Despite the utopian "myth" of his book's title, Booth isn't relentlessly snarky or negative, not at all. He gives credit wherever he thinks it is due, and cheerfully owns up to his prejudices. His discussion of Norway's gigantic "oil fund" is a good example: his interviews and reflections touch on the blessings of all that money for Norway's quality of life and governance, and he acknowledges the amazingly careful stewardship of that money. At the same time, he points out the contradictions of Norway's internal culture of ecological sensitivity vs the source of all that fabulous national wealth (sales of carbon-based fuels), as well as the apparent impact of that wealth on Norwegians' work ethic.

In any case, I'm eager to gather some fresh impressions of my own, in the land of my birth.

Tim Alberta, author of The Kingdom, the Power, and the Glory: American Evangelicals in an Age of Extremism, writes in The Atlantic: "Trump Is Planning for a Landslide Win. (And his campaign is all but praying Joe Biden doesn’t drop out.)" (14-day gift link.)

Biden quitting the race would necessitate a dramatic reset—not just for the Democratic Party, but for Trump’s campaign. Wiles and LaCivita told me that any Democratic replacement would inherit the president’s deficiencies; that whether it’s Vice President Kamala Harris or California Governor Gavin Newsom or anyone else, Trump’s blueprint for victory would remain essentially unchanged. But they know that’s not true. They know their campaign has been engineered in every way—from the voters they target to the viral memes they create—to defeat Biden. And privately, they are all but praying that he remains their opponent.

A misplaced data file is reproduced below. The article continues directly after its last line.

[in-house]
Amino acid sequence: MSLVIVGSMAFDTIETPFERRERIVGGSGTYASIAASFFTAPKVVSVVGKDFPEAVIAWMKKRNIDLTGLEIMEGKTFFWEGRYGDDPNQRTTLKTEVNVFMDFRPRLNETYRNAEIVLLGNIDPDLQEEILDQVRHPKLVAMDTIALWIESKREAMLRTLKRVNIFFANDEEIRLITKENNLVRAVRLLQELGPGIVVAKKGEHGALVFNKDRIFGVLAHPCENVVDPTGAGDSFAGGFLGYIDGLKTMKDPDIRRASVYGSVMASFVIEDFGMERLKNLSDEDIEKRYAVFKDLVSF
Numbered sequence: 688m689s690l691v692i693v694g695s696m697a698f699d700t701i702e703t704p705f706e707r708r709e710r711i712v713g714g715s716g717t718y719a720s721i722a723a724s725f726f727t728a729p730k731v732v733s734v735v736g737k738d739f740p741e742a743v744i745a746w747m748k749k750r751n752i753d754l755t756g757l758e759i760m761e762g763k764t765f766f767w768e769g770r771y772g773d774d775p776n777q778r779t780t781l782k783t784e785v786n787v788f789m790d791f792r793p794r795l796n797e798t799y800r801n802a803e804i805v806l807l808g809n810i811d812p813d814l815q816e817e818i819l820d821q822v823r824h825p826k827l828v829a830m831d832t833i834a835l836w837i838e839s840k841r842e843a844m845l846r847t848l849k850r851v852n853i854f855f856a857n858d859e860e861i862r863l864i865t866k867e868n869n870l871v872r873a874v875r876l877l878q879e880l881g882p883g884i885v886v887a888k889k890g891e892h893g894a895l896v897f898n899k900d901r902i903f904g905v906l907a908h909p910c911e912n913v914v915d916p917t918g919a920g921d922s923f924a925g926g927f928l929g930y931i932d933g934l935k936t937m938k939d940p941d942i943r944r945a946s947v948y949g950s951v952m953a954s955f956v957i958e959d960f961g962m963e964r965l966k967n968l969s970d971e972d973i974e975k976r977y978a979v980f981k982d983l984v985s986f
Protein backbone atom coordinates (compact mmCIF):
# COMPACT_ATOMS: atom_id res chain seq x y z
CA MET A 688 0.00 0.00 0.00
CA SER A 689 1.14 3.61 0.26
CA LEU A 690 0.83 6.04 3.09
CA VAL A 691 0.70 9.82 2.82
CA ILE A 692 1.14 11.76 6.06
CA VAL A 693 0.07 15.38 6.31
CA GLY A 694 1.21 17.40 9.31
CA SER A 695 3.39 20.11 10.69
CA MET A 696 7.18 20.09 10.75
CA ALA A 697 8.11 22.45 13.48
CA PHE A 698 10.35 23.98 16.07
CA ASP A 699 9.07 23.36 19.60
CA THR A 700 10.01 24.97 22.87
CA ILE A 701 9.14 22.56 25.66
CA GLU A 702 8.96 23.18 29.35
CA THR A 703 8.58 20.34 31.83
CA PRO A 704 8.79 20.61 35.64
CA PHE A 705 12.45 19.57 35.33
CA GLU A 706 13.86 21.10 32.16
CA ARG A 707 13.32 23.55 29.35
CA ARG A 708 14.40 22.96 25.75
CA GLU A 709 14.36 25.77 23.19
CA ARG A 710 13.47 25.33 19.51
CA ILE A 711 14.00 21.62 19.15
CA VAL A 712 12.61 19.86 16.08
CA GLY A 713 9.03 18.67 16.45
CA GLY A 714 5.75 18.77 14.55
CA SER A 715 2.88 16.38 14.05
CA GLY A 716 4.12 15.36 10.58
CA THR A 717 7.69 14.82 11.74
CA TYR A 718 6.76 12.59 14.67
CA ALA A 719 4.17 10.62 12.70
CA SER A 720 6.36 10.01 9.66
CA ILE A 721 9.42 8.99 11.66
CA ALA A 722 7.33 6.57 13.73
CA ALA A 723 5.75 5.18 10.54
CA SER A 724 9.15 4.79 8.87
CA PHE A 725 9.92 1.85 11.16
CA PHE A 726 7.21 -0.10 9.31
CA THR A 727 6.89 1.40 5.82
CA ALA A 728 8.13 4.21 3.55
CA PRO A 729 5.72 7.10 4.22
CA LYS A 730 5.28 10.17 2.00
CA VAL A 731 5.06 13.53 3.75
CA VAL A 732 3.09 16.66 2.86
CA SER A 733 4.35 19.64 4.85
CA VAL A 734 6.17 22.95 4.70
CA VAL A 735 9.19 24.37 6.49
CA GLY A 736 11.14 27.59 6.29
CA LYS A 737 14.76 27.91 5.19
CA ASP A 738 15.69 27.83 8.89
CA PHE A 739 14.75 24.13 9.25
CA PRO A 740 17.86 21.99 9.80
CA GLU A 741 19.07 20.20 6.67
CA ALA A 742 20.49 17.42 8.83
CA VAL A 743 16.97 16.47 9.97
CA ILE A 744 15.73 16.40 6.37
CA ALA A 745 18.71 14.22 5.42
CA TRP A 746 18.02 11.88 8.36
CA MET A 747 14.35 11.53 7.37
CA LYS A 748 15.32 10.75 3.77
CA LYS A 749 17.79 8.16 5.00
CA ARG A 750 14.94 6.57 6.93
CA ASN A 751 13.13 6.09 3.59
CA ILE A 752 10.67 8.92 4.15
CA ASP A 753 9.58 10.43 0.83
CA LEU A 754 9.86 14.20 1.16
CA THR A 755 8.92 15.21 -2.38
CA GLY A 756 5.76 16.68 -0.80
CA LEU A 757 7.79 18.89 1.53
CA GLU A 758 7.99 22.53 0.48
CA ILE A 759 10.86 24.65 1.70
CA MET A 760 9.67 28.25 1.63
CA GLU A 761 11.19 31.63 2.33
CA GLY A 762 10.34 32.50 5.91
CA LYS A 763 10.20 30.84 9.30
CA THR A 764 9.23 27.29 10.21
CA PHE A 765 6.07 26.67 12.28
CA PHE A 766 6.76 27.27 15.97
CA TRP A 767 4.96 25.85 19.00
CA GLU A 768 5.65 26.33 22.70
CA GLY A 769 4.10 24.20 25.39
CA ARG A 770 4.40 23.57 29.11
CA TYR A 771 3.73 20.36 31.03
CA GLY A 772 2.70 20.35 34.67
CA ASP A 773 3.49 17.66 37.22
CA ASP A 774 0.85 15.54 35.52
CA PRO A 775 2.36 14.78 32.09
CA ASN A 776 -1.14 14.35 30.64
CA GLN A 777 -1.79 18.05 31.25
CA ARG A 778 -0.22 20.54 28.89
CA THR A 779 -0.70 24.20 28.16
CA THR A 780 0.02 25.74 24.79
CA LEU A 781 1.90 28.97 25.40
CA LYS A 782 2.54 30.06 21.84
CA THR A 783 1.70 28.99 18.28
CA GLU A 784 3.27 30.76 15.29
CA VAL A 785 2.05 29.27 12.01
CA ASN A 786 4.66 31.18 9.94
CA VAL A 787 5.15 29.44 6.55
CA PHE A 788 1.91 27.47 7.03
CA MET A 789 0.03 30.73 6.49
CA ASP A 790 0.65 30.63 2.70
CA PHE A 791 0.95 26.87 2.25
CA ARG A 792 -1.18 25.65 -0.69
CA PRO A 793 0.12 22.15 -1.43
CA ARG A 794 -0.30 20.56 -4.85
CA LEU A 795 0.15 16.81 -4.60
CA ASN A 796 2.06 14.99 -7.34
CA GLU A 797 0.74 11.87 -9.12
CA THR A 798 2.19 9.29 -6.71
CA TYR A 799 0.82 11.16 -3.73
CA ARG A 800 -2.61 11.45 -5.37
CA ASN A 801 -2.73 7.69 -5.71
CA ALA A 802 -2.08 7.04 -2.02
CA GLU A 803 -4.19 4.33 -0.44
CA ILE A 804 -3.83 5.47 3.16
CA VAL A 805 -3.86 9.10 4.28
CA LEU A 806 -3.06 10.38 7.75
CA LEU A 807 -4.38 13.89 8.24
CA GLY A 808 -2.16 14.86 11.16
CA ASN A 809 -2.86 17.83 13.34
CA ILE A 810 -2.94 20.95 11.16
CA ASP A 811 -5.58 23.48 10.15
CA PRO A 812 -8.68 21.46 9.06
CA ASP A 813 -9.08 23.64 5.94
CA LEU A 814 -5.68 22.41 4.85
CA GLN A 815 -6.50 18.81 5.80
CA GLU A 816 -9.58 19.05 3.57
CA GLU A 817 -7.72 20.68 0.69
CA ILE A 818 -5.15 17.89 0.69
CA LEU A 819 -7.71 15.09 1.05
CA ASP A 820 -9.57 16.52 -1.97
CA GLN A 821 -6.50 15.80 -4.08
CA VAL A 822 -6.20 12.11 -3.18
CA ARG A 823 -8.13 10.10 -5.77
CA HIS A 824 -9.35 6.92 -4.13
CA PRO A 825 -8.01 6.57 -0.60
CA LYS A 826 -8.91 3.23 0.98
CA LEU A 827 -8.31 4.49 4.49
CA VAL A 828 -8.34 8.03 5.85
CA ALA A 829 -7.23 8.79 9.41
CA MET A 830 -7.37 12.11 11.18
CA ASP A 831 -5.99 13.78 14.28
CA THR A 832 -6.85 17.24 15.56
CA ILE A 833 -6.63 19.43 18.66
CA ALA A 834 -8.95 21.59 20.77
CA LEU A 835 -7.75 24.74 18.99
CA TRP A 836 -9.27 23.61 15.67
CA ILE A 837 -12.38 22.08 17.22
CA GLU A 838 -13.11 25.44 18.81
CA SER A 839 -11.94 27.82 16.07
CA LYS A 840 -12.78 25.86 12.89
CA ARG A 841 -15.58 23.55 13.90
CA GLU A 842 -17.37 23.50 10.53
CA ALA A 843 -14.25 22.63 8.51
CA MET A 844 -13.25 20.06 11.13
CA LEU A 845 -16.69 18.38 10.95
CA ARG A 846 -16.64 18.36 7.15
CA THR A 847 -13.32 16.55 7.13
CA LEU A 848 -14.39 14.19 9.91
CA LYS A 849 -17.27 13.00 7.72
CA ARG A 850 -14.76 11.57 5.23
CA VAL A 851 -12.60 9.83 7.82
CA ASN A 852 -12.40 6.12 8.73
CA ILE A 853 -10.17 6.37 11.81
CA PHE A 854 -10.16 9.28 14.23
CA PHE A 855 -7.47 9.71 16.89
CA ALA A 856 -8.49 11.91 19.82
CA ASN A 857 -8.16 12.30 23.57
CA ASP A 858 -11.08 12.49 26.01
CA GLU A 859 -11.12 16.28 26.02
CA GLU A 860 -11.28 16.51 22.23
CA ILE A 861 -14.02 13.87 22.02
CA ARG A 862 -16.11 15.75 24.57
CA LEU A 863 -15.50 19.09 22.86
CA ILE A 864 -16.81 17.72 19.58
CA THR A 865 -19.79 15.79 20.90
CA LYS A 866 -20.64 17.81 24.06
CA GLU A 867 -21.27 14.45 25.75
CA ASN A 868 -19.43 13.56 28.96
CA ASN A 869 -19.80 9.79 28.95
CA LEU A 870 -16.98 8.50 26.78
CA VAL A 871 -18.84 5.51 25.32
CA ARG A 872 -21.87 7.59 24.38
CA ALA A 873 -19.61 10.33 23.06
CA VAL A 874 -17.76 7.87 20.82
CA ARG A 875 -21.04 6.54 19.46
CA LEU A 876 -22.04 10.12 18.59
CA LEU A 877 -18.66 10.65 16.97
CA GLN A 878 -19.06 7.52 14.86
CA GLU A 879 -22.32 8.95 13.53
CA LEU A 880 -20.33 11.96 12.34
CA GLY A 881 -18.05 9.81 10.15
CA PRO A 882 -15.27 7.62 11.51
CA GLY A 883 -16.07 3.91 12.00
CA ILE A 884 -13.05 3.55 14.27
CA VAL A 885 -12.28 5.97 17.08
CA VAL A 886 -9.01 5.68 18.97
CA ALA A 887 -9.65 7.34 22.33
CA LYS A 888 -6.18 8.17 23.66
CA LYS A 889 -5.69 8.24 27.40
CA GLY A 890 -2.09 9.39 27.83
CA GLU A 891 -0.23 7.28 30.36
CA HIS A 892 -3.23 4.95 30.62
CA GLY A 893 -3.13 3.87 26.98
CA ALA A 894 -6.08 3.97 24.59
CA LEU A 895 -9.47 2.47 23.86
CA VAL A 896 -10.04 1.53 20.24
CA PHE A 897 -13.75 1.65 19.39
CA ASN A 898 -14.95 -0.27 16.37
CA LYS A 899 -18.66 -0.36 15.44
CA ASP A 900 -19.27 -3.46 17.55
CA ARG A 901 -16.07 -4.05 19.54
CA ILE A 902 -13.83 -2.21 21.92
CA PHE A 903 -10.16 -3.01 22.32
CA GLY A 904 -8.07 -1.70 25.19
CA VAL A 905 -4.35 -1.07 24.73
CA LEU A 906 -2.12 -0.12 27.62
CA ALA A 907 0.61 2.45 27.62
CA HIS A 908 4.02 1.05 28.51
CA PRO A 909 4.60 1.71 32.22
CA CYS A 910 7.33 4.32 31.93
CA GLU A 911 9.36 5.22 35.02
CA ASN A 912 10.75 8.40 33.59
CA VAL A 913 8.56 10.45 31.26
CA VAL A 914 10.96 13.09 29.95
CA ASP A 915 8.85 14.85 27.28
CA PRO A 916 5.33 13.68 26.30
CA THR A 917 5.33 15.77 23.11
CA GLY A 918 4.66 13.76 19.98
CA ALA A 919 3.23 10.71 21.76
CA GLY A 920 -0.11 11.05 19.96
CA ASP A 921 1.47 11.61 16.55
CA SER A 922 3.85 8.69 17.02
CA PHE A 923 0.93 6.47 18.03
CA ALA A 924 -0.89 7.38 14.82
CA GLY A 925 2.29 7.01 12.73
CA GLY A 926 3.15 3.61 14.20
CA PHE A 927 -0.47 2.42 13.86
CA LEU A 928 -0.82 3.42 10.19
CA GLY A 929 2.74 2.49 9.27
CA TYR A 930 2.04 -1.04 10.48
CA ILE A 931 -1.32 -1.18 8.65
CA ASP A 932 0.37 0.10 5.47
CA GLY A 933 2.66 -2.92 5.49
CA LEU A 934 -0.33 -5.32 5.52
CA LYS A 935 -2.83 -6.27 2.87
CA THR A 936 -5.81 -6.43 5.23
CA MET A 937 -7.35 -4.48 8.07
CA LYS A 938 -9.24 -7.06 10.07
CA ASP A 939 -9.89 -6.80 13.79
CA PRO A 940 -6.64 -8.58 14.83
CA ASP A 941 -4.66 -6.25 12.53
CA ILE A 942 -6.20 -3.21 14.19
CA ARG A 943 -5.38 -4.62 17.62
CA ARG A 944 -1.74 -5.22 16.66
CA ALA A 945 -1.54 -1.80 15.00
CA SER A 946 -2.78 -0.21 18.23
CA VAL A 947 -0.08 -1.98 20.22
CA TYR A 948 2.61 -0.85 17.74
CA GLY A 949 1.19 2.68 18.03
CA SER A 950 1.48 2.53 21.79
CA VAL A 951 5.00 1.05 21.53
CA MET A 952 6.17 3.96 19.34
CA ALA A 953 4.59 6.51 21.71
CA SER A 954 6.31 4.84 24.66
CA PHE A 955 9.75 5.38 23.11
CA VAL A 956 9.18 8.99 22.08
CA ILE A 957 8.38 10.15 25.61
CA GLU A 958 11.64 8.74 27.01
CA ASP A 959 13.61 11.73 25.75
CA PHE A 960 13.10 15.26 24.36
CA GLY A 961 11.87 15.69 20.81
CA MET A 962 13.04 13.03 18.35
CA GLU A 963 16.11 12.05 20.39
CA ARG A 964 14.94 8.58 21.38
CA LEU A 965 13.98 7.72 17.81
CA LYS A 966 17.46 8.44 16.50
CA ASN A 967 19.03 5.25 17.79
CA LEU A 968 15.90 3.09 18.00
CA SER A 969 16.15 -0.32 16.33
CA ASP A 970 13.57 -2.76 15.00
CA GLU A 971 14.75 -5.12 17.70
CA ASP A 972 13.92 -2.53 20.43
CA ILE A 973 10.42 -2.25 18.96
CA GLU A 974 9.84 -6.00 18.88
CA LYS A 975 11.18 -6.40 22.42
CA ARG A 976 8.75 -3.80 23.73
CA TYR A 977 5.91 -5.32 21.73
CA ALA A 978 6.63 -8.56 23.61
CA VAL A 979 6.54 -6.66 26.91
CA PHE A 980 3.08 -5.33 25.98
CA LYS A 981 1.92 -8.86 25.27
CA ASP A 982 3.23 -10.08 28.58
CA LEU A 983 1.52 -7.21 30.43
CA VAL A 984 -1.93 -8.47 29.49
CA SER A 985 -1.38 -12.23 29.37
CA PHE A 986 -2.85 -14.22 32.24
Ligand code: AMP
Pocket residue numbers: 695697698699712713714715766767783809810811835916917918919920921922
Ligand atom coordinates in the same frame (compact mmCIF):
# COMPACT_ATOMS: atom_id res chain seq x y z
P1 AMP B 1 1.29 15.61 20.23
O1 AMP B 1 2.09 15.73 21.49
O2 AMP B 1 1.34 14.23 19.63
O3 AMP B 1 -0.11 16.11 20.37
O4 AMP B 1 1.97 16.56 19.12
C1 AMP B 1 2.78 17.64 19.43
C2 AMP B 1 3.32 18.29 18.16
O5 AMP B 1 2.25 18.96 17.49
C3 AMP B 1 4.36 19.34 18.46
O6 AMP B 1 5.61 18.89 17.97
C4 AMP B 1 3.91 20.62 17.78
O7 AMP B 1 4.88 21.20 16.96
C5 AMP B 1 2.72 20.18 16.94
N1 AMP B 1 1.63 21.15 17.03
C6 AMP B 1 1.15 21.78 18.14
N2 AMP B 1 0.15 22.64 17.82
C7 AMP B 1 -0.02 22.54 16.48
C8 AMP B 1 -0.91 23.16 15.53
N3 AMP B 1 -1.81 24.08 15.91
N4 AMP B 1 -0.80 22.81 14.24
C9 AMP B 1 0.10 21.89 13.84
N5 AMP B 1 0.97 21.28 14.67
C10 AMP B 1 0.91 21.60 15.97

I was struck by the irony. The two people who had done so much to eliminate the havoc and guesswork that defined Trump’s previous two campaigns for the presidency could now do little but hope that their opponent got his act together.

Furthermore, Kristin Kobes Du Mez warns us not to be taken by surprise:

There is apparently no need for hoods anymore.

That’s what’s changed. These ideas aren’t new, but the tone and tenor of rhetoric has shifted perceptably in the past few months, even weeks. Growing numbers of Christians are not even trying to hide their nativism, misogyny, anti-semitism, and authoritarianism.

And where are the moderate voices? Where are the principled conservative leaders, organizations, and institutions? Where are individual conservative Christians digging in their heels, defending our Constitutional government, religious liberty for all, and democratic pluralism?

They are few and far between.

All of this should be cause for alarm, even if you aren’t looking at the poll numbers.

Diana Butler Bass on talking about politics in church, and the intellectual grounding her childhood church gave her to do just that.... (And, fast-forwarding to now: "Who's Reinhold Niebuhr?")

It isn’t that Reinhold Niebuhr had all the answers. He didn’t. I now disagree with much of what he wrote. I draw from a much wider range of theo-political options.

But Niebuhr represented a tradition — part of that long Christian argument that shaped the imagination of an elementary school girl in a Methodist church in Baltimore. From him, and from those others, I learned that it was good to argue about faith and politics in church. Indeed, it was our birthright.

Paul Anderson: John as the universalist gospel and as the "only way to the Father."

Olha Lychko-Parubocha (Friends Peace Teams partner in Ukraine) focuses on the things she can change.

Registration link for Zoom discussion on August 1, 4 p.m. Pacific time.

Chris O'Leary and his band appeared at this year's Waterfront Blues Festival. Here they're performing "19 Cents a Day":